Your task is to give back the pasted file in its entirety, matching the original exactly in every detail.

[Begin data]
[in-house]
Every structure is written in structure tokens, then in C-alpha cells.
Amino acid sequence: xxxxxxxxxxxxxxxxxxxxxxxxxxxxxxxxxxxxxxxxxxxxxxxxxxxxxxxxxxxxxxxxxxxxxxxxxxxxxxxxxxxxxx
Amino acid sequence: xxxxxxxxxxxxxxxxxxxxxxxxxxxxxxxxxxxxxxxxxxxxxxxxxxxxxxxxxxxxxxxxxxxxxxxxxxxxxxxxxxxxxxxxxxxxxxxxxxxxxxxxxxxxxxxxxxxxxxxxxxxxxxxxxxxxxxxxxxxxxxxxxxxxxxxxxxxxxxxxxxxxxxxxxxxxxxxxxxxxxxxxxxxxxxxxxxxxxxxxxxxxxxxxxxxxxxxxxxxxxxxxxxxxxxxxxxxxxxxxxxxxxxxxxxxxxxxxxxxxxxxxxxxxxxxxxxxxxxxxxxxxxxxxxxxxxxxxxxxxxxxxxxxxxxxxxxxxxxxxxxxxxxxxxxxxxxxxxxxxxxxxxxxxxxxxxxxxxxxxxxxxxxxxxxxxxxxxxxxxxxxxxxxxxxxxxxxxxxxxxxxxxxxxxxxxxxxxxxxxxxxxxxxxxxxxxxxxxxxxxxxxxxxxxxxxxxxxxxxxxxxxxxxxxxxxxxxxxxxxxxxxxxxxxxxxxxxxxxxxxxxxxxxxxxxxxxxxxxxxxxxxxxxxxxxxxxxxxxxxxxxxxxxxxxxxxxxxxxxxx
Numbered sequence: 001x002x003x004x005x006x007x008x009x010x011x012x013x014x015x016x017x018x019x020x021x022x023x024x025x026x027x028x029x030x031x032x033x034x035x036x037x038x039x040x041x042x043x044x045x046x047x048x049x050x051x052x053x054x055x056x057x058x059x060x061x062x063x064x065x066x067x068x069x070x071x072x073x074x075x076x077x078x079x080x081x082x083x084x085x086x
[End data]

[in-house]
Every structure is written in structure tokens, then in C-alpha cells.
Amino acid sequence: xxxxxxxxxxxxxxxxxxxxxxxxxxxxxxxxxxxxxxxxxxxxxxxxxxxxxxxxxxxxxxxxxxxxxxxxxxxxxxxxxxxxxx
Amino acid sequence: xxxxxxxxxxxxxxxxxxxxxxxxxxxxxxxxxxxxxxxxxxxxxxxxxxxxxxxxxxxxxxxxxxxxxxxxxxxxxxxxxxxxxxxxxxxxxxxxxxxxxxxxxxxxxxxxxxxxxxxxxxxxxxxxxxxxxxxxxxxxxxxxxxxxxxxxxxxxxxxxxxxxxxxxxxxxxxxxxxxxxxxxxxxxxxxxxxxxxxxxxxxxxxxxxxxxxxxxxxxxxxxxxxxxxxxxxxxxxxxxxxxxxxxxxxxxxxxxxxxxxxxxxxxxxxxxxxxxxxxxxxxxxxxxxxxxxxxxxxxxxxxxxxxxxxxxxxxxxxxxxxxxxxxxxxxxxxxxxxxxxxxxxxxxxxxxxxxxxxxxxxxxxxxxxxxxxxxxxxxxxxxxxxxxxxxxxxxxxxxxxxxxxxxxxxxxxxxxxxxxxxxxxxxxxxxxxxxxxxxxxxxxxxxxxxxxxxxxxxxxxxxxxxxxxxxxxxxxxxxxxxxxxxxxxxxxxxxxxxxxxxxxxxxxxxxxxxxxxxxxxxxxxxxxxxxxxxxxxxxxxxxxxxxxxxxxxxxxxxxxx
Numbered sequence: 001x002x003x004x005x006x007x008x009x010x011x012x013x014x015x016x017x018x019x020x021x022x023x024x025x026x027x028x029x030x031x032x033x034x035x036x037x038x039x040x041x042x043x044x045x046x047x048x049x050x051x052x053x054x055x056x057x058x059x060x061x062x063x064x065x066x067x068x069x070x071x072x073x074x075x076x077x078x079x080x081x082x083x084x085x086x